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Consider the following scenario. Company A develops a Slackbot for use in the Slack workspace of Company B by person C. Person C communicates with the chatbot of company A. Company A wants to ensure anonymity and privacy of these messages.

I read that Slack Plus enables "compliance exports" of all direct messages, which are supposedly private. I could not find a reference about a slackbot.

Who can read the messages between the Slackbot of Company A and Person C: Company B? Slack itself?

NOTE: My question was higher-level than SSL and IP addresses. It concerns whether Slack's terms of service give access to direct communication between users and chatbots to paying companies or Slack admins.

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Anonymity

Since you are communication using a web-connection you need a ip-address. Ip addresses are usually not anonym because they are bound to a contract. There are some restrictions: You could use a web-cafe for example and use this way the ip-address bound to a contract of the owner of the web-cafe.

Privacy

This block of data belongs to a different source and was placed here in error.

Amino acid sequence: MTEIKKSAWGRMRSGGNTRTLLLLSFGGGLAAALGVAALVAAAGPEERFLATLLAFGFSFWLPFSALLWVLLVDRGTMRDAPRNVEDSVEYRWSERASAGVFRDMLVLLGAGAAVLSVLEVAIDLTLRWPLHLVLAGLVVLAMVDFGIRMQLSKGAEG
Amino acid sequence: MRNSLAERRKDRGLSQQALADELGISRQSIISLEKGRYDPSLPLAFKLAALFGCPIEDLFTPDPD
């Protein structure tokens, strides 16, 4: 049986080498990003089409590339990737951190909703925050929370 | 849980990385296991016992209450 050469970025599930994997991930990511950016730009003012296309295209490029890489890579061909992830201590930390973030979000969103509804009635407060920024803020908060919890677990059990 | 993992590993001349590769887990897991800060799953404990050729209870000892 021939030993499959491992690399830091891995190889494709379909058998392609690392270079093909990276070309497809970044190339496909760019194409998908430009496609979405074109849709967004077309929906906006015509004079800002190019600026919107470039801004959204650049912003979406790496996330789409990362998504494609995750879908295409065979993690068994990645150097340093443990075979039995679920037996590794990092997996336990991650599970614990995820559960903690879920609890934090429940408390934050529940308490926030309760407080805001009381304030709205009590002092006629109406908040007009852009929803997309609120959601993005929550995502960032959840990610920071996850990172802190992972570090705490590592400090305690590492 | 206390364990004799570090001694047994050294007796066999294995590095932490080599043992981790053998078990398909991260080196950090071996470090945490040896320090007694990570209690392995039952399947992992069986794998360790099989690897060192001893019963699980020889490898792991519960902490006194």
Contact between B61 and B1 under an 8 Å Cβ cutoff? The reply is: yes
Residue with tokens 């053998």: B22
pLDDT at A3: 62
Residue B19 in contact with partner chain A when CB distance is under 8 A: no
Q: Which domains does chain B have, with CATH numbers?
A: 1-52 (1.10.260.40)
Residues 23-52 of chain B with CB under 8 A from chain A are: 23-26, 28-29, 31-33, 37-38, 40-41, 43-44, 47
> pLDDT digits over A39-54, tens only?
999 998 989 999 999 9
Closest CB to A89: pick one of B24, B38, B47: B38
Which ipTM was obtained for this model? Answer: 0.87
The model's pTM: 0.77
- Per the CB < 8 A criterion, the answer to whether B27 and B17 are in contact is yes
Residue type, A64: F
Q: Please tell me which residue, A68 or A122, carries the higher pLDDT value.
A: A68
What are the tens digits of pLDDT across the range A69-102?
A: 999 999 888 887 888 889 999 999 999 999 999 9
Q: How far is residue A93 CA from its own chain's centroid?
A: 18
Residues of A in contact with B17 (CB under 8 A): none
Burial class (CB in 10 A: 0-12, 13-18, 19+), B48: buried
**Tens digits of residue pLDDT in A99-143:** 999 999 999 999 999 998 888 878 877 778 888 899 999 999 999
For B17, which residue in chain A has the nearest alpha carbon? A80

Since slack is using TLS you have "some" guaranee that within 5 years (2 years in case of quantum-computers are used) it would take an effort of about 10 milion dolars to crack the encryption of a stanza (message). This is a raw-estimated value, I am no mathematican. Also in 5 years the algorithm might be changed to provide better encryption.

Questionable business interrest

There is no official regulation bureo for fobidden information interchange. Even if there is a official regulation bureo, you never ever be sure what and how informations are shared or progressed by slack. At the end, it does not matter if informations are shared to 3rd partys by accident or by intention - informations are shared (if they are shared) in either ways. Thats capitalism! If you ever like to have the privacy sweetspot you should use capitalists inner natural law. One level might be the law of protection against industrial espionage. A much higher level might be the use of the law of military hardware.

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  • Thanks! My question was higher-level than SSL and IP addresses. It concerns whether Slack's terms of service give access to direct communication between users and chatbots to paying companies or Slack admins.
    – emonigma
    Commented May 29, 2021 at 13:52

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